The Courier-Mail

COMMUNITY ON KNIFE-EDGE Protests and arrests as tensions remain high


MISSOURI: Ferguson was a community on edge again yesterday, a day after a protest marking the anniversar­y of Michael Brown’s death was punctuated with gunshots and police critically wounded a black 18-year-old accused of opening fire on officers.

Police, protesters and people who live and work in the St Louis suburb were bracing for what nightfall might bring following more violence along West Florissant Ave, the same thoroughfa­re that was the site of massive protests and rioting after Brown was fatally shot last year in a confrontat­ion with a Ferguson officer.

“Of course I’m worried,” said Sandy Sansevere, a retired healthcare worker who volunteers at the retail store operated by the non-profit group I Love Ferguson, which was formed after Brown’s death, to promote the community. “What scares me are the guns.”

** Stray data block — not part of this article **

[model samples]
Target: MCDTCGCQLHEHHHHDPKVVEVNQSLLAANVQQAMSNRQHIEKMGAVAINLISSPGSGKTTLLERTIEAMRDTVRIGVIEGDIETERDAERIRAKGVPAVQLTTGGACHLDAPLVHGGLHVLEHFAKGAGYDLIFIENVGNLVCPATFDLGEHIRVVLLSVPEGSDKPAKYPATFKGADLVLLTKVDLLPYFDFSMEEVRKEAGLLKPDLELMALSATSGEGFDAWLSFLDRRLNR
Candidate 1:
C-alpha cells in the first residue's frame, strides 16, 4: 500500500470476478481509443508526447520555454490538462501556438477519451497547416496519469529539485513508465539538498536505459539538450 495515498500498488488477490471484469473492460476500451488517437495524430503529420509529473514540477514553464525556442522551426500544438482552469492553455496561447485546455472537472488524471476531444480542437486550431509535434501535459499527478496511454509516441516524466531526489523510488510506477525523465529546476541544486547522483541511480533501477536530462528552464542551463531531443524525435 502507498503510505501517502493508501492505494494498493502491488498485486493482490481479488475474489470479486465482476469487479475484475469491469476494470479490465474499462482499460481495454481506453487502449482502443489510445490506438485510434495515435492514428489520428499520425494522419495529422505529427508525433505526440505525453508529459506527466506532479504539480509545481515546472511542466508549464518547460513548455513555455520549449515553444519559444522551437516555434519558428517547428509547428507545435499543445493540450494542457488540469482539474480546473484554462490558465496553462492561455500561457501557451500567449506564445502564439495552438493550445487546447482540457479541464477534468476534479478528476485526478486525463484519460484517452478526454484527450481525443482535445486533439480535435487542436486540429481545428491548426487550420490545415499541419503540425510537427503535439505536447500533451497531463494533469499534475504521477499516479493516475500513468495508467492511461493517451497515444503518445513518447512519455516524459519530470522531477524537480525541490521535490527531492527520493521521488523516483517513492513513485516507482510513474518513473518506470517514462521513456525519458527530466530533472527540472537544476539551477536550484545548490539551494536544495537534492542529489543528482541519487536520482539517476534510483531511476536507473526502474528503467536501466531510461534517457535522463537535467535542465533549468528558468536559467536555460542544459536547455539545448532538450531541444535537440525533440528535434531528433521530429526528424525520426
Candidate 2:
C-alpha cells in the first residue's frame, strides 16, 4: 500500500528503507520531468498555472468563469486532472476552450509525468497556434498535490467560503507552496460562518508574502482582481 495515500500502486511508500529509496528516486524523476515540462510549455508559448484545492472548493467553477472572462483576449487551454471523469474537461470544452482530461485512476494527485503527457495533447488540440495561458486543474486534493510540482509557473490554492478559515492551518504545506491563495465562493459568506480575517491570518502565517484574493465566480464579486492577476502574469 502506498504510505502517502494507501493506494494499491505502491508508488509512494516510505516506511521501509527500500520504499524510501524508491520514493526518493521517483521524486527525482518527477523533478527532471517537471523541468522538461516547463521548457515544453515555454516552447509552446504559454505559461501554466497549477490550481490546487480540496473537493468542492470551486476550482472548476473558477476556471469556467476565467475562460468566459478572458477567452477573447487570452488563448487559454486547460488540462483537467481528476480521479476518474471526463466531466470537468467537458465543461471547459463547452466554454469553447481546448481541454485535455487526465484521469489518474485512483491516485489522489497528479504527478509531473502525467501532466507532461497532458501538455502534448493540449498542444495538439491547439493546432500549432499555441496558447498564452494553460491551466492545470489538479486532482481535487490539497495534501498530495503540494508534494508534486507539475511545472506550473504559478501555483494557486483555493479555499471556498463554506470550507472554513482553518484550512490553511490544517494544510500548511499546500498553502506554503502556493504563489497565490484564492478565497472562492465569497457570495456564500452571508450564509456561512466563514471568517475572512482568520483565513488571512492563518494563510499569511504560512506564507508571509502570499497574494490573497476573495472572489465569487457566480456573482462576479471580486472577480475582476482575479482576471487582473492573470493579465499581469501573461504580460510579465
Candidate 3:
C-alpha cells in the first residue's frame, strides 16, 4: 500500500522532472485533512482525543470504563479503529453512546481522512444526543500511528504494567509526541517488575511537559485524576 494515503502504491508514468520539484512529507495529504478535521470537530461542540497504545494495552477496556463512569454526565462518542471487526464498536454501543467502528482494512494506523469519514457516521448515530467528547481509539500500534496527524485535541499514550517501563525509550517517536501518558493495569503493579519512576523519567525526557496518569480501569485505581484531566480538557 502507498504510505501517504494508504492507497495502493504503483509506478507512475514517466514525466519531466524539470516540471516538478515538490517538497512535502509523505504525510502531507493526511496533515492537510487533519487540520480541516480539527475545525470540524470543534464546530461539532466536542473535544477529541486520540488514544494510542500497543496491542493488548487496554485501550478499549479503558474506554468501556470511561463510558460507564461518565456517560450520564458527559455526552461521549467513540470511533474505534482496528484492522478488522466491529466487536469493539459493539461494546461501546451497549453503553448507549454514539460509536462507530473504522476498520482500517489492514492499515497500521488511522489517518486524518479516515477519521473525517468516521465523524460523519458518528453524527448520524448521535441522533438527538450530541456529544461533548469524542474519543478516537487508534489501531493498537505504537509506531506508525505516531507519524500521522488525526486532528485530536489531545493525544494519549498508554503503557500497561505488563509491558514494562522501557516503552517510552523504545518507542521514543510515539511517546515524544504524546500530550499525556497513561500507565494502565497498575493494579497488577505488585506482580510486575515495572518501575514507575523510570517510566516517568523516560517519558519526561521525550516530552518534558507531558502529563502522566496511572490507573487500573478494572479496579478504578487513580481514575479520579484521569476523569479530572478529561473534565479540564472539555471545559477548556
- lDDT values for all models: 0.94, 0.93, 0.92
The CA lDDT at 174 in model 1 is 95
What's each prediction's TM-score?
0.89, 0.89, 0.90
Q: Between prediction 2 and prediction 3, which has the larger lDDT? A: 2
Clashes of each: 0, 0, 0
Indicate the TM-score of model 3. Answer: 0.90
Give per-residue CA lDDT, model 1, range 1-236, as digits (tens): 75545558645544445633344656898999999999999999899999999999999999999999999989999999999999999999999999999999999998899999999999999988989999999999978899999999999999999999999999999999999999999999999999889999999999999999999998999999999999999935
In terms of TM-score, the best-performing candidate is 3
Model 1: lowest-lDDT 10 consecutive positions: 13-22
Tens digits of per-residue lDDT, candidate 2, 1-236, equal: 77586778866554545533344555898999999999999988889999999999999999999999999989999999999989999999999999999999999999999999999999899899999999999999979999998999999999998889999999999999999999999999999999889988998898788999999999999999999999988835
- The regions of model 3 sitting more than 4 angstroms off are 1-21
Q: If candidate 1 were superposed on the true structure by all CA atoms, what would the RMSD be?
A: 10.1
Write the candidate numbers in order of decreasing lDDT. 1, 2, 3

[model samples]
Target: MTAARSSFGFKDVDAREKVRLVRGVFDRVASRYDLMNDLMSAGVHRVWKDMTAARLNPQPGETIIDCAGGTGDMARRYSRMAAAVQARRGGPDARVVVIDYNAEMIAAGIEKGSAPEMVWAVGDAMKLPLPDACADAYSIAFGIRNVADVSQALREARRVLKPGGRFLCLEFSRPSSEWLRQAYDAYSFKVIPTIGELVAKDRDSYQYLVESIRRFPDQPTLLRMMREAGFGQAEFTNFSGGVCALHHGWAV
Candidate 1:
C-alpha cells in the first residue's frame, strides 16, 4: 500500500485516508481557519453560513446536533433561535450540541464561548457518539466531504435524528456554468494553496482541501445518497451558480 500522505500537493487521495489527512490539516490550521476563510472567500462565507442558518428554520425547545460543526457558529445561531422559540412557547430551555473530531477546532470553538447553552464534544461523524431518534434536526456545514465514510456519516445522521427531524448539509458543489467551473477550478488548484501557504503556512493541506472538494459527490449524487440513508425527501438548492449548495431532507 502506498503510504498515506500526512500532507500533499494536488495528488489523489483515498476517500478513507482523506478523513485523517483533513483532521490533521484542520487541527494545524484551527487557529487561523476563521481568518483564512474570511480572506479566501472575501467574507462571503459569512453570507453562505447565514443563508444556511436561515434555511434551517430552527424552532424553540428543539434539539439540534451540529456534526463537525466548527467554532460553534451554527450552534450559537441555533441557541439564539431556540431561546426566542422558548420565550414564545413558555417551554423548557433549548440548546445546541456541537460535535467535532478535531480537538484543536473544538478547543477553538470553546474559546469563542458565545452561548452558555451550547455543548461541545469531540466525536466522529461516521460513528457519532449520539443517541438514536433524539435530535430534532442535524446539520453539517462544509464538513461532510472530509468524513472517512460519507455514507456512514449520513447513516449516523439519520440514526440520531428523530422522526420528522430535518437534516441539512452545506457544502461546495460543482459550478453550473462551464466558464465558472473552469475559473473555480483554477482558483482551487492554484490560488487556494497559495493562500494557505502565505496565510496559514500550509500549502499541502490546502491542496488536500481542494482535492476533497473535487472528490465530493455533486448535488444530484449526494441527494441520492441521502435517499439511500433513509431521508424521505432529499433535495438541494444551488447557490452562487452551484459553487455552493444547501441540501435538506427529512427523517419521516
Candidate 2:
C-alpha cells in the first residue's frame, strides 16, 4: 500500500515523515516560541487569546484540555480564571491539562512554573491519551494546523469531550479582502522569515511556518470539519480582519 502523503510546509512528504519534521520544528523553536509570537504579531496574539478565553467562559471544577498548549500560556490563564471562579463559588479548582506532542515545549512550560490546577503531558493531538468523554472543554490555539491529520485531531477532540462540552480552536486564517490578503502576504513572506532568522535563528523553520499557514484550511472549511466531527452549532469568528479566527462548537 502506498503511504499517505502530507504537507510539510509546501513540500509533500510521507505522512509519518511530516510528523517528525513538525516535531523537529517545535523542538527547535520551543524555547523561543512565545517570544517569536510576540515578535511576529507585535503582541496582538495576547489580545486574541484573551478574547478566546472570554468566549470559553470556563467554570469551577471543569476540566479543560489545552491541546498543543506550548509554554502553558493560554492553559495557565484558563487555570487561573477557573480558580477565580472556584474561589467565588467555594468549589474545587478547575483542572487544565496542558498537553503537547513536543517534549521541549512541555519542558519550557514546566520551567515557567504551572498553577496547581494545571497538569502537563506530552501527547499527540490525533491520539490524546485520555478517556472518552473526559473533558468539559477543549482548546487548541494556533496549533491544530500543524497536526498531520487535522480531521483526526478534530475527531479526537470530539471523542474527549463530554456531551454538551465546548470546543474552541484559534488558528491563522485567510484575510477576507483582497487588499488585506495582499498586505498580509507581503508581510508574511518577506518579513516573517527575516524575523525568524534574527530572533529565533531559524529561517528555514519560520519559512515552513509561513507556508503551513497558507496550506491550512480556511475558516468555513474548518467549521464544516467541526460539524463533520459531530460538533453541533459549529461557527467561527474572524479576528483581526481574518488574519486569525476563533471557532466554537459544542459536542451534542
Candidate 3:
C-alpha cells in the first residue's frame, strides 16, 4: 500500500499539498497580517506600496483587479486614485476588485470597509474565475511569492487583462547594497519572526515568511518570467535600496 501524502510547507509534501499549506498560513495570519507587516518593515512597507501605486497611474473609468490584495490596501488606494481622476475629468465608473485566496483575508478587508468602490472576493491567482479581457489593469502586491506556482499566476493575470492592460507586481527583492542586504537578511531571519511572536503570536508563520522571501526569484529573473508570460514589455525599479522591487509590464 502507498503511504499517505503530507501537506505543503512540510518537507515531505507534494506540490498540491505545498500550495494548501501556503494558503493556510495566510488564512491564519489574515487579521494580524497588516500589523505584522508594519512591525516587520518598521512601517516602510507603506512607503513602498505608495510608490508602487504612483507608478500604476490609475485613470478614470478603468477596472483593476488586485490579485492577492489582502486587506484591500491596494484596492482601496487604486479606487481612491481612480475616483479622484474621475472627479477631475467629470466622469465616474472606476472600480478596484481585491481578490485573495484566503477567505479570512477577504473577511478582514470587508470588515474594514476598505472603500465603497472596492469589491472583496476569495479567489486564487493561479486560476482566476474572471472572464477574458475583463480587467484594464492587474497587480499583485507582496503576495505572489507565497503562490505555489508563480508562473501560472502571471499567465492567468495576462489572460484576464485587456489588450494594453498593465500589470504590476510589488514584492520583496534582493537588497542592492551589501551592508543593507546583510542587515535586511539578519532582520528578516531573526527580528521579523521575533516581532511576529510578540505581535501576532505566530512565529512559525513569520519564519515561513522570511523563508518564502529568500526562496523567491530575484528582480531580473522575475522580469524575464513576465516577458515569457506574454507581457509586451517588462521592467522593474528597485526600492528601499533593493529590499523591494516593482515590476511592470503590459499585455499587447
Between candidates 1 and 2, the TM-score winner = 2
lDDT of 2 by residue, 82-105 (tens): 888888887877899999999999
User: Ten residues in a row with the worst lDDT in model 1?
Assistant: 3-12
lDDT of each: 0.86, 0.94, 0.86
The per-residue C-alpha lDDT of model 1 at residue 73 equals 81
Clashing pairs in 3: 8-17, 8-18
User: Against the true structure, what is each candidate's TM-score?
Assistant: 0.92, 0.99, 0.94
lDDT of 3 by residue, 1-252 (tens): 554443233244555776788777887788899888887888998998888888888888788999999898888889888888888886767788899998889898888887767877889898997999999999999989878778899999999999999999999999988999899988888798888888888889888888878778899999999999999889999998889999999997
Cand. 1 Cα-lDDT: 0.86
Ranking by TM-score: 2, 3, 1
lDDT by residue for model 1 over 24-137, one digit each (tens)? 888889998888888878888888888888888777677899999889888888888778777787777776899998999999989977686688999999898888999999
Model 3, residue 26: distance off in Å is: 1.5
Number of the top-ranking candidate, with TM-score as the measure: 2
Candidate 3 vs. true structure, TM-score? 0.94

Brown was a black 18-year-old who was killed by a white Ferguson police officer, touching off a national debate over police treatment of minorities and sparked the “Black Lives Matter” movement.

Several hundred people gathered along West Florissant, chanting and holding signs. There were no apparent signs of conflict.

Earlier in the day, the father of the suspect who was shot called the police version of events “a bunch of lies”.

He said two girls who were with his son told him he was unarmed and had been drawn into a dispute involving two groups of young people.

St Louis County Executive Steve Stenger declared a state of emergency, which authorises county Police Chief Jon Belmar to take control.

Protests spilled outside of Ferguson. Almost 60 protesters were arrested yesterday for blocking the entrance to the federal courthouse in downtown St Louis. Authoritie­s planned to release them on a promise to appear later in court.

Protesters later briefly blocked Interstate 70 during the late afternoon rush hour, with an additional undetermin­ed number of arrests made. Among those arrested at the courthouse was scholar and civil rights activist Cornel West.

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